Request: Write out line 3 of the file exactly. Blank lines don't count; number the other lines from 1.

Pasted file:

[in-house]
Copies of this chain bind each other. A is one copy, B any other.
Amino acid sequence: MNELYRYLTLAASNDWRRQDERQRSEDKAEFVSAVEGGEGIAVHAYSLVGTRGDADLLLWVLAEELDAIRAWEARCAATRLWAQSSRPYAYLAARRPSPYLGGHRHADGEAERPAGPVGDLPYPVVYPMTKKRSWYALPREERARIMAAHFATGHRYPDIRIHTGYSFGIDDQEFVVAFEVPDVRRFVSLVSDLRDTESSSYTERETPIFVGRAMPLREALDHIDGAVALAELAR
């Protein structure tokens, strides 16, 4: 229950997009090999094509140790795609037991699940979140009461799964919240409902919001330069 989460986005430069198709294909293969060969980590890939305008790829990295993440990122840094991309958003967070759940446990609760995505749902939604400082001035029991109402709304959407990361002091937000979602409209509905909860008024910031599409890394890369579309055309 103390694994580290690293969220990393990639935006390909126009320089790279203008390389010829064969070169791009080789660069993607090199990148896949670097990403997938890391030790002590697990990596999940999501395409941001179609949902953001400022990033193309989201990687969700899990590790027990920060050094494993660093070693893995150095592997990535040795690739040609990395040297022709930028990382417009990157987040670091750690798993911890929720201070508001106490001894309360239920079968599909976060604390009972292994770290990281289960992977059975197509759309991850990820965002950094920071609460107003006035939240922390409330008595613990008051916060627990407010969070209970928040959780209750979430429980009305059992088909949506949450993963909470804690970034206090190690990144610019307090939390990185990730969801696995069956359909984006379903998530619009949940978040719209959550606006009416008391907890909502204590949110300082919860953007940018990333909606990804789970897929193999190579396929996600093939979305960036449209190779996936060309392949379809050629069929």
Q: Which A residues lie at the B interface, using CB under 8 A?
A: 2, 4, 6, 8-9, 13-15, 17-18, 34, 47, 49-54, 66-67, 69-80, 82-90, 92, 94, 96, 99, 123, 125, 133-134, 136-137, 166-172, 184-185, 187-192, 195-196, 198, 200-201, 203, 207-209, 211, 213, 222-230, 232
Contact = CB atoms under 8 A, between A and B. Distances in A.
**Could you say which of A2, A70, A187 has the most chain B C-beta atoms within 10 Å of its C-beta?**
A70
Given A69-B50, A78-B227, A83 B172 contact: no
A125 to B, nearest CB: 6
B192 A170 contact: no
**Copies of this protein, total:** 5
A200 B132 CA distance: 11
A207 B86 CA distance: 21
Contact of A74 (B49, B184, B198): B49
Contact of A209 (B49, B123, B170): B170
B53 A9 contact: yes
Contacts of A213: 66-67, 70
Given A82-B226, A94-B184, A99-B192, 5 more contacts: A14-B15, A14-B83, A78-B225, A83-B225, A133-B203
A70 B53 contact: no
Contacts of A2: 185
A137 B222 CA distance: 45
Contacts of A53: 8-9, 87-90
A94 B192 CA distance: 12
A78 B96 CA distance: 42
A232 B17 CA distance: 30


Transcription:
Amino acid sequence: MNELYRYLTLAASNDWRRQDERQRSEDKAEFVSAVEGGEGIAVHAYSLVGTRGDADLLLWVLAEELDAIRAWEARCAATRLWAQSSRPYAYLAARRPSPYLGGHRHADGEAERPAGPVGDLPYPVVYPMTKKRSWYALPREERARIMAAHFATGHRYPDIRIHTGYSFGIDDQEFVVAFEVPDVRRFVSLVSDLRDTESSSYTERETPIFVGRAMPLREALDHIDGAVALAELAR